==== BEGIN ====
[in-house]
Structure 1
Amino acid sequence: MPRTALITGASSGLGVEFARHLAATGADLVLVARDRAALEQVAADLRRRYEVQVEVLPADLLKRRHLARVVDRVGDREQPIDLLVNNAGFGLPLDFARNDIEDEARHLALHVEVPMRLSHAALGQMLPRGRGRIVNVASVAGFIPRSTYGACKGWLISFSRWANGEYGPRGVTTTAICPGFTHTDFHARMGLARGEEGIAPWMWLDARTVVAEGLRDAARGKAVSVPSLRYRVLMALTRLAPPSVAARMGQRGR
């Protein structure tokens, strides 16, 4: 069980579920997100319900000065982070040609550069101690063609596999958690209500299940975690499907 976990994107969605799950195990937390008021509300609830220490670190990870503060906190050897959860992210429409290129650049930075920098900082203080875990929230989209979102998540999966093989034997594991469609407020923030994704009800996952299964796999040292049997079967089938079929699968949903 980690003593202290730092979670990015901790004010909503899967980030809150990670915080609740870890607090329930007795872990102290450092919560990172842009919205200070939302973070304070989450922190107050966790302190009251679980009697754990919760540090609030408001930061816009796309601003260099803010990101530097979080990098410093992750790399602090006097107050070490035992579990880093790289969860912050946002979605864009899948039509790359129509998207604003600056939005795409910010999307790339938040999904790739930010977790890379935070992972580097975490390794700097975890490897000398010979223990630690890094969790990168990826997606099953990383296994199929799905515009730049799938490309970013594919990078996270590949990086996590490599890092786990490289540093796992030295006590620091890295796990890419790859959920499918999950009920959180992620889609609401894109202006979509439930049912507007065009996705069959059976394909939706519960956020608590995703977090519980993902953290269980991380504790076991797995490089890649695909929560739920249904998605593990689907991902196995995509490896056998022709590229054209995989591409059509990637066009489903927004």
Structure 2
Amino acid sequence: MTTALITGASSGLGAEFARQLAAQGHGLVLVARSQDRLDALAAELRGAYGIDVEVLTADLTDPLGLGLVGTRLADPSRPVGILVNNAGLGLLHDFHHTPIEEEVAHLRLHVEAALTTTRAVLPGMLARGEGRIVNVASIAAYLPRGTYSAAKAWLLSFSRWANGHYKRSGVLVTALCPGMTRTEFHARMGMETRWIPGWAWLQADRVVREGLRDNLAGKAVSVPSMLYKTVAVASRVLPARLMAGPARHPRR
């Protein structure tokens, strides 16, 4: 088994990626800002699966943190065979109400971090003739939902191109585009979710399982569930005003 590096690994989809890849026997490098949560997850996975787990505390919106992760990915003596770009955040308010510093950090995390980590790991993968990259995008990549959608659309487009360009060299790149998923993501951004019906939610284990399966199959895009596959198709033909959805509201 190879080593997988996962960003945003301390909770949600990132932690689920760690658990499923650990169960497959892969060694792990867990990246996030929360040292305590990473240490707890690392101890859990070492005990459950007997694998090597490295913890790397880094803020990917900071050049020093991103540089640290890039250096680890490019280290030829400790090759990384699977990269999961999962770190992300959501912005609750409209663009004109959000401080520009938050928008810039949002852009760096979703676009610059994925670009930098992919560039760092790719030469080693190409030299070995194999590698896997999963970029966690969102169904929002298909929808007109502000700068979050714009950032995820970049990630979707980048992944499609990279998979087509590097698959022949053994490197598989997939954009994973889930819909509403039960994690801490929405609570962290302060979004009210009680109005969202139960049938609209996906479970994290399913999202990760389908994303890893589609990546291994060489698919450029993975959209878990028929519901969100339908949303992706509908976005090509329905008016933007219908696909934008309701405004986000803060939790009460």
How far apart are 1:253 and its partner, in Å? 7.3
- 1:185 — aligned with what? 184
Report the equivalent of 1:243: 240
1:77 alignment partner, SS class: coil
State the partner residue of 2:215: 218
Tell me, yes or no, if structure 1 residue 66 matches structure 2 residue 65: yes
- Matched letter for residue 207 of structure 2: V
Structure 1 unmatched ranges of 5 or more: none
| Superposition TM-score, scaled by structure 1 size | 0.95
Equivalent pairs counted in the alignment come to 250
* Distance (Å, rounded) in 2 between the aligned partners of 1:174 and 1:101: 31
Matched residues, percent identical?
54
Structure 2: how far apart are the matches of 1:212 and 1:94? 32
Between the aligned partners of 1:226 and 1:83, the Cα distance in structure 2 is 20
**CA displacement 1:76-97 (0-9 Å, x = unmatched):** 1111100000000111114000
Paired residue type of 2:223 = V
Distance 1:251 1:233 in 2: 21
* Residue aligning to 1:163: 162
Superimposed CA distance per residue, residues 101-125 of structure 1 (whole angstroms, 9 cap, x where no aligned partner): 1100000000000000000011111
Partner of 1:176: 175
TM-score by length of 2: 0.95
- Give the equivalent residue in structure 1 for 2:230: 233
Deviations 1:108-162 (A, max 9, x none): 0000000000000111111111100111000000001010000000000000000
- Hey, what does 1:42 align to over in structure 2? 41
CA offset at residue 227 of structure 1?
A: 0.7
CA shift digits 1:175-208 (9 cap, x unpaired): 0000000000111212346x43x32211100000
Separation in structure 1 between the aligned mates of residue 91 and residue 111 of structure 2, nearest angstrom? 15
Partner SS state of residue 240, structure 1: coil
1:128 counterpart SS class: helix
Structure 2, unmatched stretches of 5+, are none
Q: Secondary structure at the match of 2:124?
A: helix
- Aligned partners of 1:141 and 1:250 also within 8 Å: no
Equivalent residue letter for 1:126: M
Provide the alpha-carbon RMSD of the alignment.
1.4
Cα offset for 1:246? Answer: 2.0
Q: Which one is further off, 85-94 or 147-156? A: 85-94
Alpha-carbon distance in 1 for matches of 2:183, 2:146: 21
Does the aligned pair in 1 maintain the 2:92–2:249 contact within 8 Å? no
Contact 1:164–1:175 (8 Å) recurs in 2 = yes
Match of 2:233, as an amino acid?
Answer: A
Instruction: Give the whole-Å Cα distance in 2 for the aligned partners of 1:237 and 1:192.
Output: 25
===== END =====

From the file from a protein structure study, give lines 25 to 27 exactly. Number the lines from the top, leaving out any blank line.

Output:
Distance 1:251 1:233 in 2: 21
* Residue aligning to 1:163: 162
Superimposed CA distance per residue, residues 101-125 of structure 1 (whole angstroms, 9 cap, x where no aligned partner): 1100000000000000000011111